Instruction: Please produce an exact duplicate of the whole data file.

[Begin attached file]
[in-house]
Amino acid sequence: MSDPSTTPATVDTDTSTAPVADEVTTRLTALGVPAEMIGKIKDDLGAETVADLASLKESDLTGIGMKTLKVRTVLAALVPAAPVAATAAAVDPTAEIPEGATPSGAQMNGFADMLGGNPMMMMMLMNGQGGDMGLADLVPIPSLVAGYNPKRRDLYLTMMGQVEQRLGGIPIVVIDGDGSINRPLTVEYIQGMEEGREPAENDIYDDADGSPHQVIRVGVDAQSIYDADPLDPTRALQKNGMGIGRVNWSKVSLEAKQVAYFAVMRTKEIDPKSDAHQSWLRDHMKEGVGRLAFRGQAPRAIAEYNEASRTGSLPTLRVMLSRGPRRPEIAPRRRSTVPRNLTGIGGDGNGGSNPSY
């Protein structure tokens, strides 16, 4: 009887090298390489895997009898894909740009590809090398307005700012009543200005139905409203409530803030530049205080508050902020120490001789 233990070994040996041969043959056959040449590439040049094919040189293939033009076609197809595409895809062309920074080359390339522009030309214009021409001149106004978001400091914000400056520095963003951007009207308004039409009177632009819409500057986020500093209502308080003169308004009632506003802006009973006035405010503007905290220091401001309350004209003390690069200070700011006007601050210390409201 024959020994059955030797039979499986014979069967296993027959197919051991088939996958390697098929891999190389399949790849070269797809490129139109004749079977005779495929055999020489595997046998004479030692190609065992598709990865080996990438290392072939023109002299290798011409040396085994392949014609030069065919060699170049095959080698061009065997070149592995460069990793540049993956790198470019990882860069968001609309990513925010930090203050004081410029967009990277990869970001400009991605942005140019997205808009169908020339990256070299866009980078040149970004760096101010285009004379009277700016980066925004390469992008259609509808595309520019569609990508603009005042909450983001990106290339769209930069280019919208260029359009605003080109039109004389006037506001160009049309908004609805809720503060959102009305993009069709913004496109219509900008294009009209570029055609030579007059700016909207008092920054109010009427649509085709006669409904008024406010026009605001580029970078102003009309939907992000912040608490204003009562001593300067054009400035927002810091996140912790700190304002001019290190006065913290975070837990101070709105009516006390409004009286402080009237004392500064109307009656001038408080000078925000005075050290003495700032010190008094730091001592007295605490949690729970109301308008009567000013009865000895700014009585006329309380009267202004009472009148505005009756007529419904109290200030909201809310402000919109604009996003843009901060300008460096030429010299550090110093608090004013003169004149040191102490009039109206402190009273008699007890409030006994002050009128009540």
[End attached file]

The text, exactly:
[in-house]
Amino acid sequence: MSDPSTTPATVDTDTSTAPVADEVTTRLTALGVPAEMIGKIKDDLGAETVADLASLKESDLTGIGMKTLKVRTVLAALVPAAPVAATAAAVDPTAEIPEGATPSGAQMNGFADMLGGNPMMMMMLMNGQGGDMGLADLVPIPSLVAGYNPKRRDLYLTMMGQVEQRLGGIPIVVIDGDGSINRPLTVEYIQGMEEGREPAENDIYDDADGSPHQVIRVGVDAQSIYDADPLDPTRALQKNGMGIGRVNWSKVSLEAKQVAYFAVMRTKEIDPKSDAHQSWLRDHMKEGVGRLAFRGQAPRAIAEYNEASRTGSLPTLRVMLSRGPRRPEIAPRRRSTVPRNLTGIGGDGNGGSNPSY
């Protein structure tokens, strides 16, 4: 009887090298390489895997009898894909740009590809090398307005700012009543200005139905409203409530803030530049205080508050902020120490001789 233990070994040996041969043959056959040449590439040049094919040189293939033009076609197809595409895809062309920074080359390339522009030309214009021409001149106004978001400091914000400056520095963003951007009207308004039409009177632009819409500057986020500093209502308080003169308004009632506003802006009973006035405010503007905290220091401001309350004209003390690069200070700011006007601050210390409201 024959020994059955030797039979499986014979069967296993027959197919051991088939996958390697098929891999190389399949790849070269797809490129139109004749079977005779495929055999020489595997046998004479030692190609065992598709990865080996990438290392072939023109002299290798011409040396085994392949014609030069065919060699170049095959080698061009065997070149592995460069990793540049993956790198470019990882860069968001609309990513925010930090203050004081410029967009990277990869970001400009991605942005140019997205808009169908020339990256070299866009980078040149970004760096101010285009004379009277700016980066925004390469992008259609509808595309520019569609990508603009005042909450983001990106290339769209930069280019919208260029359009605003080109039109004389006037506001160009049309908004609805809720503060959102009305993009069709913004496109219509900008294009009209570029055609030579007059700016909207008092920054109010009427649509085709006669409904008024406010026009605001580029970078102003009309939907992000912040608490204003009562001593300067054009400035927002810091996140912790700190304002001019290190006065913290975070837990101070709105009516006390409004009286402080009237004392500064109307009656001038408080000078925000005075050290003495700032010190008094730091001592007295605490949690729970109301308008009567000013009865000895700014009585006329309380009267202004009472009148505005009756007529419904109290200030909201809310402000919109604009996003843009901060300008460096030429010299550090110093608090004013003169004149040191102490009039109206402190009273008699007890409030006994002050009128009540």